Buyers are finding new ways to receive items they want through web outlets. The juggernauts of the industry (Ebay and Amazon, among a handful of others) are controlling the majority of the marketplace. Yet, new companies are making their entry point, and they are not directly competing. It’s a different offering entirely, and the creators behind Alphatise are seeing rich opportunities and a vacant space.
It works quite simply. The app has a wide number of merchants who have products available. The merchant could have two items for sale or 10,000+, and consumers are able to sift through the massive inventory to see what is available. This explanation alone is not enough to differentiate the app from a stop at the Target or a visit to Amazon. But, there is an offer of something fresh. Consumers can create a wishlist for items, and they can specify what they would pay.
The merchants will then see a basic breakdown of what consumers want, if their items are present, and how much they would pay. The merchant can then fulfill that wish. Consumers can theoretically ask for a fraction of a retail price on an item and perhaps see that request fulfilled from the merchant.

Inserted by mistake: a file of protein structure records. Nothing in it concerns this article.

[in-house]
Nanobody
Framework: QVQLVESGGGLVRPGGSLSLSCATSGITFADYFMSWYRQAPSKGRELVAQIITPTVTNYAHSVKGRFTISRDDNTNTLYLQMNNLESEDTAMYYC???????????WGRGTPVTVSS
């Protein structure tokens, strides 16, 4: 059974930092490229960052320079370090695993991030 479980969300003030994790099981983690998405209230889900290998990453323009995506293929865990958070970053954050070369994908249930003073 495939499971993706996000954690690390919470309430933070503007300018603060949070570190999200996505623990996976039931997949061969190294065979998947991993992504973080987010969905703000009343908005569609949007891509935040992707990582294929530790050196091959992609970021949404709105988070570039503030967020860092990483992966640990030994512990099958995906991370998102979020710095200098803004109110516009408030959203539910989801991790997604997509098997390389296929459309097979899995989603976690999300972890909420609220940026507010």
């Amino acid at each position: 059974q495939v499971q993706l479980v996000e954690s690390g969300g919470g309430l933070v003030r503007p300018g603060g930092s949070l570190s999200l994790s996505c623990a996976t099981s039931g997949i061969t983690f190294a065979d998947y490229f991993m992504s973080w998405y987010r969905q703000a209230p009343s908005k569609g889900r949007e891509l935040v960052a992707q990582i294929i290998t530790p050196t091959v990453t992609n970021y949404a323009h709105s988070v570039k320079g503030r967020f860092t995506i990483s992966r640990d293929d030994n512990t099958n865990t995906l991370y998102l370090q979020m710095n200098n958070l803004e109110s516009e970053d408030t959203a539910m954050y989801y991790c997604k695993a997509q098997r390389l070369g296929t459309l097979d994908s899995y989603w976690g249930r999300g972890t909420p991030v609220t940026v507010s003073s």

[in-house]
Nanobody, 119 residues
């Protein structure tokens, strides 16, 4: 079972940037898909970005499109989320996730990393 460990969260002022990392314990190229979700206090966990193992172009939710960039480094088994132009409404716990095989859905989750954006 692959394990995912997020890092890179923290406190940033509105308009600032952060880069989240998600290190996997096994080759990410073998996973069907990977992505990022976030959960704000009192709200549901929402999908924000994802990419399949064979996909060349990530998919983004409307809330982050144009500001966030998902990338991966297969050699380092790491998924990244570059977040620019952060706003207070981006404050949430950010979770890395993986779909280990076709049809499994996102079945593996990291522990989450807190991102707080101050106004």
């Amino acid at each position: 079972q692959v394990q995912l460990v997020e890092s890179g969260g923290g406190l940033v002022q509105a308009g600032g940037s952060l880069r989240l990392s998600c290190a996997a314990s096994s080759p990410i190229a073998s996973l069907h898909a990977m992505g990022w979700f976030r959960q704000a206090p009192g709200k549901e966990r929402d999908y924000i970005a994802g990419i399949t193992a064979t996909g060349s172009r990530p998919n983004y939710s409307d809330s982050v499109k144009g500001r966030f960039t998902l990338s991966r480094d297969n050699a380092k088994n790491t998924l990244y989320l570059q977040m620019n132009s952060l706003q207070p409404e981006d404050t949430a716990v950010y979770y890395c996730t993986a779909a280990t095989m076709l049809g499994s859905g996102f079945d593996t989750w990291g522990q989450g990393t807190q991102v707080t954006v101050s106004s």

Is E-Commerce an Alluring Narcotic?
The clever social app is a potential reinvention of the merchant-to-consumer experience in a social environment. Buyers are being connected to the sellers in a very direct and social-oriented marketplace. The other features of the app seek to complement this almost collaborative process.
It isn’t any secret that traditional brick-and-mortar retail is a diminishing market. Apps like it are only seeking to create a divide and offer an aspect of buying that is sorely missing from modern retail. Developers are exploring a new way to buy.
E-commerce is a narcotic in the sense that retail giants of all kinds are finding alluring and addictive new qualities in it. It is daring and provocative to say that any kind of social-oriented app can offer something that the current retail giants can’t. But, it could be possible to make retail buying without requesting a price a little obsolete.